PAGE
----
9.14.2006

My candle burns at both ends

My candle burns at both ends;
It will not last the night;
But ah, my foes, and oh, my friends -
It gives a lovely light!
Edna St. Vincent Millay ("First Fig", A Few Figs From Thistles, 1920)

A couple of weeks ago, Wess Daniels wrote about a game that he and Emily like to play of imagining what your alternative life would be. I love this kind of game.

In one of my alternative lives, I could have been much like Edna St. Vincent Millay. Of course, in this life, I’m not a brilliantly gifted poet, but in my alternate life, I would be. I read her biography, Savage Beauty, a few years ago, just as I was settling in to my role as a married mother of two and just as I was discovering this new role as a writer. It was a good glimpse of what might have been. Of a life completely dedicated to writing and sensual pleasures. You know, sex, drugs and poetry, in the early years of the 20th century. Both the glories and the sorrows of such a life.

And I was able to affirm that this was not the life I had chosen.

I have had several points of clear decisions in my life. I could have gone back to Mexico; I could have gone to Taiwan; I might have had children earlier or not at all. But I didn’t. In each case, I chose the more conventional, the more respectable path. And that was right for me.

In any case, I’ve come to a point where I feel I can’t let my candle burn at both ends tonight – I have to get up tomorrow and make breakfast and get the kids to school.

I can’t run and write in the same morning, yet.

I can’t go to FGC and PYM and Newberg and Pasadena and Quincy and the Northwest Quaker Women’s Theological Conference and the Christian Friends Conference all in the same summer.

I can’t be at the memorial meeting and the board meeting and the soccer game all in the same day.

I can’t clerk the children’s program committee, run the program and parent (effectively and lovingly) all at the same time.

On the one hand, I can’t let myself get so bogged down in cooking and carpool and laundry that I fail to be the minister I believe God is calling me to be. On the other hand, I have chosen a life that is not all ethereal and mystical. Mary Rose O’Reilly had to become an apprentice shepherd to get that balance back. I want to be a person who cleans her own bathroom, tied to the realities of life in dirty dishes, parent-teacher conferences, and tending to the needs of the bereaved in my Meeting and the people in my neighborhood who have fewer opportunities for self-development and expression than I have.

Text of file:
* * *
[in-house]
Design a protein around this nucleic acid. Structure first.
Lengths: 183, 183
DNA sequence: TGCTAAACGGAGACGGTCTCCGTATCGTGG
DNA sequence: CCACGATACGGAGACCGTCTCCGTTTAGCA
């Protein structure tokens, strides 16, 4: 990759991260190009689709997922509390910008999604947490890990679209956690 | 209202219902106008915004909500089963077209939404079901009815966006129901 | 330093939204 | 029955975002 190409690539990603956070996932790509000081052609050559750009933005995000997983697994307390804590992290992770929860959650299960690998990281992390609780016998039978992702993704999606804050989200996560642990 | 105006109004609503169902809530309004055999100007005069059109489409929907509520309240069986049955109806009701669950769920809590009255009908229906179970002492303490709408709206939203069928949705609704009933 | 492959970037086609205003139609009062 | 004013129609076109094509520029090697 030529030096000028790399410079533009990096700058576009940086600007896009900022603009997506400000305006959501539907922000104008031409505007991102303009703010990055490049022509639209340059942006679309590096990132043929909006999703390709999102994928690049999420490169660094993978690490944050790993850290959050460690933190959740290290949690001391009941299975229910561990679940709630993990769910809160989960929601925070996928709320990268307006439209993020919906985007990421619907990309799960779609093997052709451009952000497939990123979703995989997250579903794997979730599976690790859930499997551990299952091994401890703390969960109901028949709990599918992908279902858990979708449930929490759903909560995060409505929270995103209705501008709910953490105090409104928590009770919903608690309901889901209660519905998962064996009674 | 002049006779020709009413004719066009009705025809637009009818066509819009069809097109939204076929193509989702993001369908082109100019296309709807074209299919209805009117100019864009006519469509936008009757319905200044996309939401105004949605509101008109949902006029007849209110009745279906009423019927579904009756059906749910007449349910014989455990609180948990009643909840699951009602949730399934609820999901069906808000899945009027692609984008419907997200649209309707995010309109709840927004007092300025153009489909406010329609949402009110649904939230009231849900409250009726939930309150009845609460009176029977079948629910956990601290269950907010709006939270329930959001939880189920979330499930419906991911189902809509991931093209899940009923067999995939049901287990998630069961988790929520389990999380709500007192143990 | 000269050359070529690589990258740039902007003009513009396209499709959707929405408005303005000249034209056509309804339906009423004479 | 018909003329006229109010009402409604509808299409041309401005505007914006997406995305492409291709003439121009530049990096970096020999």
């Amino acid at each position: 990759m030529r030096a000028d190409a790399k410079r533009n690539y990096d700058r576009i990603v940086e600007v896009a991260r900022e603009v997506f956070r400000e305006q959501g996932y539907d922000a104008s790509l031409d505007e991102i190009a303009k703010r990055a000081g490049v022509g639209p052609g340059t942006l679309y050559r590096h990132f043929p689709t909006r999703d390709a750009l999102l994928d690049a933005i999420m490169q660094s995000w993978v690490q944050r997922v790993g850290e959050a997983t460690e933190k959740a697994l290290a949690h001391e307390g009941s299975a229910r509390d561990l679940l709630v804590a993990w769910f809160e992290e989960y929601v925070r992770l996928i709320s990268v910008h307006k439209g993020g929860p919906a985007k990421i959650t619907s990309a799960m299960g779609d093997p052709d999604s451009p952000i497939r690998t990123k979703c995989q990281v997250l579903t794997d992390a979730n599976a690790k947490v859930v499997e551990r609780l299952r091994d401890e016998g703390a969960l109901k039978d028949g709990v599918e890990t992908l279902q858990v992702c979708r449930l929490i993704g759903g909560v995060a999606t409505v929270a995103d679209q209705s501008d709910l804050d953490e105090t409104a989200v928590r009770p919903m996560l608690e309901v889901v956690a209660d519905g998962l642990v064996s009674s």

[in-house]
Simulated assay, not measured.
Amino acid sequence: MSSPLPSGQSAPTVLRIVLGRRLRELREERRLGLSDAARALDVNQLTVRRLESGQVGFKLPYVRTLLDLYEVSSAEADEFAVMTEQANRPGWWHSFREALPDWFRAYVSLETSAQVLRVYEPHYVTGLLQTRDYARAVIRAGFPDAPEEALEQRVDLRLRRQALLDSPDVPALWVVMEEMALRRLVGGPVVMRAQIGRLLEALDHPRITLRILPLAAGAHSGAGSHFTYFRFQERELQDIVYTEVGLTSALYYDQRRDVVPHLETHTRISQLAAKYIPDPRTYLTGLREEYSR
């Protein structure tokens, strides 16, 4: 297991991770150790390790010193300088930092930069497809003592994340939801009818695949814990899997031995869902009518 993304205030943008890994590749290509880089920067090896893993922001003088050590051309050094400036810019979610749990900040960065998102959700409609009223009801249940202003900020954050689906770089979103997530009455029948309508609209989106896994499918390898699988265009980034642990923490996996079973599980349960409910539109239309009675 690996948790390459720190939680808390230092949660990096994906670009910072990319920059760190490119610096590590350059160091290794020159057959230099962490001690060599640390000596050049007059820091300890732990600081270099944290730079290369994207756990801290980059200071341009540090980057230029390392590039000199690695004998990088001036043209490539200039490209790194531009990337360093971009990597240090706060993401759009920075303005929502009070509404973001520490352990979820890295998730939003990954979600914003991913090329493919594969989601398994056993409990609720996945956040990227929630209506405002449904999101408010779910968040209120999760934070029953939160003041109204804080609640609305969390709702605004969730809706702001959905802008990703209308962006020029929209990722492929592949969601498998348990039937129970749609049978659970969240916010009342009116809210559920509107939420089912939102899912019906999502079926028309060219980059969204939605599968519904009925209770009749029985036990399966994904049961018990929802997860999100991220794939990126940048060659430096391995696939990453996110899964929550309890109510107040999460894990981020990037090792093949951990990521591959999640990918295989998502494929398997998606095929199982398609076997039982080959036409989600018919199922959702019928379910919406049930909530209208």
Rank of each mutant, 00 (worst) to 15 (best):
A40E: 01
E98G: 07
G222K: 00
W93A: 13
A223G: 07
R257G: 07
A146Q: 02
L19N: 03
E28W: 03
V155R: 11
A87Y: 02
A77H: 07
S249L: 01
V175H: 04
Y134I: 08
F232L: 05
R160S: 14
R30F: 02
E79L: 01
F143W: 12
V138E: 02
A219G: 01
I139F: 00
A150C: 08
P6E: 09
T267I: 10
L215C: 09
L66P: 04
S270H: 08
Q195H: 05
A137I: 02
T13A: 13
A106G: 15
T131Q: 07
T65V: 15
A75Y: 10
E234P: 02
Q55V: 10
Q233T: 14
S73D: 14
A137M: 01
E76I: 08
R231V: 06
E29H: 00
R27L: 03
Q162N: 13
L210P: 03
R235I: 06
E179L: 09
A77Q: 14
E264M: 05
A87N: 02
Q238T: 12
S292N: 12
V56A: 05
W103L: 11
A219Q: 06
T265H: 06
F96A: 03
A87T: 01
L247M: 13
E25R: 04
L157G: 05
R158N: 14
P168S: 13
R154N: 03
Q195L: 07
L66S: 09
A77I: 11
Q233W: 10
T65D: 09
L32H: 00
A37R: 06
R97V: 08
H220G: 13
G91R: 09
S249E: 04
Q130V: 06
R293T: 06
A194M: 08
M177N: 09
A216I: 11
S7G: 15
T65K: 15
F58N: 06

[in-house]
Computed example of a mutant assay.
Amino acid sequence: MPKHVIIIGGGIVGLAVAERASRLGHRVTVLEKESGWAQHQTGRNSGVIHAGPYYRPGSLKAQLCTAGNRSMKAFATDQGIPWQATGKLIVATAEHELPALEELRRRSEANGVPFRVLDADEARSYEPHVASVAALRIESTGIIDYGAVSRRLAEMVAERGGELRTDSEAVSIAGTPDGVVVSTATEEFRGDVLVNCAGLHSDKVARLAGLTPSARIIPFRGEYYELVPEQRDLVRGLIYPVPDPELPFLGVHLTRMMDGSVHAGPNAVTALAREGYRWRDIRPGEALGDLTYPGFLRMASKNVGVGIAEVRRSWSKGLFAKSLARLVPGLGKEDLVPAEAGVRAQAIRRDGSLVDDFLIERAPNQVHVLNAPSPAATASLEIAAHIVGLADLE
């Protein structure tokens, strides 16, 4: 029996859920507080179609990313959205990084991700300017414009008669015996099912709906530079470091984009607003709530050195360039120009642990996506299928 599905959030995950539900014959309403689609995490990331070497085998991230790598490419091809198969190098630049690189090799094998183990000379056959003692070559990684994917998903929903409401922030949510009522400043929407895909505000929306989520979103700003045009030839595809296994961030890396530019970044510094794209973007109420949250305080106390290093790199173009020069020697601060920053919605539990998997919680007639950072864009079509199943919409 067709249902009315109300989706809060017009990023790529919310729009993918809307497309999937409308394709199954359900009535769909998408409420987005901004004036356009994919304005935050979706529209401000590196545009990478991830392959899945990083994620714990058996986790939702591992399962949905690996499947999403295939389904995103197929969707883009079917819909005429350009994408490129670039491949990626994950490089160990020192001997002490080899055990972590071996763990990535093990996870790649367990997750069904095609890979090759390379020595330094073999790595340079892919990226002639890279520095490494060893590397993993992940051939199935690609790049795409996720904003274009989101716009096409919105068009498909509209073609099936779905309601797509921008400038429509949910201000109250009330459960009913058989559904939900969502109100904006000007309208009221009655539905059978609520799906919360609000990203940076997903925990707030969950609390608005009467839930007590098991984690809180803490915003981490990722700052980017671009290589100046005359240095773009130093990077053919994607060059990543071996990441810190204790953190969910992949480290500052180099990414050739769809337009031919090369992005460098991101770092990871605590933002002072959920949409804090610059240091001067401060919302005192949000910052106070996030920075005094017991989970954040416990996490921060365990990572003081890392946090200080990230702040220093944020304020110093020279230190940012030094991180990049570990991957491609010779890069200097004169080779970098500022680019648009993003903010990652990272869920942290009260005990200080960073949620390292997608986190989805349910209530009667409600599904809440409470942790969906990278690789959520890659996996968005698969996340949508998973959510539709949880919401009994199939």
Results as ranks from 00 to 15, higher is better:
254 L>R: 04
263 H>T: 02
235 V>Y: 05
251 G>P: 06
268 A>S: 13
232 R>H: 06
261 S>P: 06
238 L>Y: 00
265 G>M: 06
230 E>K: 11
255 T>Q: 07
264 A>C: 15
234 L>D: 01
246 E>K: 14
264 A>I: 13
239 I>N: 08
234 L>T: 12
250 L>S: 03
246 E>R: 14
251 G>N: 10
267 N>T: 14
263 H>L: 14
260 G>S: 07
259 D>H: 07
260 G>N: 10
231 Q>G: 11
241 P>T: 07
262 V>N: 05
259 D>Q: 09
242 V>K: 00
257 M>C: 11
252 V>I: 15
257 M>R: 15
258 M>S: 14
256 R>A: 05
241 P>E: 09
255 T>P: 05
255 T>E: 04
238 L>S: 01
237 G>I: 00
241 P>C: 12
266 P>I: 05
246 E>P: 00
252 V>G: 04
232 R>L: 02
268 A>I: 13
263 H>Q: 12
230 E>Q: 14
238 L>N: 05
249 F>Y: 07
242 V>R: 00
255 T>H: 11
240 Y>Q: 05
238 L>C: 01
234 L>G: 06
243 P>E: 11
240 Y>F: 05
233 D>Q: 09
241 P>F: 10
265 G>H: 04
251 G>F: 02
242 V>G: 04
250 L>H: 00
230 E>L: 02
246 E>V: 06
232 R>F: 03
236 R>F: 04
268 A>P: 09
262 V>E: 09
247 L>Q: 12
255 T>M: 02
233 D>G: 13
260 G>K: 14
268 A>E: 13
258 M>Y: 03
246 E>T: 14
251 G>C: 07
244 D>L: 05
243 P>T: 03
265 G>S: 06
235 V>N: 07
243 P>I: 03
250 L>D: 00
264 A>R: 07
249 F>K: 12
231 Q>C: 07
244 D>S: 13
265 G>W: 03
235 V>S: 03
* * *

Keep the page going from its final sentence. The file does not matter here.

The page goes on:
It is extremely important to me that, as a Quaker, I can be a minister and a mother. Even so, some choices have to be made.

Gregg Koskela wrote last year about wanting to be a first-rate thinker and a hands-on minister, and he held up a couple of examples from the 17th century. My comment at the time pointed out that most of these fellows (and they were all men) were not also first- rate fathers or else they had a wee little problem with alcohol, or other people’s wives, or some other stress-relieving issue, that may have been swept under the rug over time.

When I worked for a large non-profit, the communications department had a little sign about sending things to a professional print shop: “You can get it fast. You can get high quality. You can get it cheaply. Choose two.”

Likewise, I could take on many of the wonderful opportunities for service around me. But not all at the same time, or even in the same year.

Jenell Paris wrote a couple of weeks ago about how women’s giftedness is too extensive to be confined to our own households. Like her, I am proud and happy to use my gifts to benefit my family and my home. But I am also proud and happy that my sons see me using my gifts to benefit our larger community. Right now, that is pretty much limited to our monthly and quarterly meeting and their schools. But they occasionally hear stories about my work with the SF Planning Commission or in East New York. They hear me speak Spanish and French with other people and they know I didn’t learn it all in school. Sometimes, they even hear me speak in meeting for worship.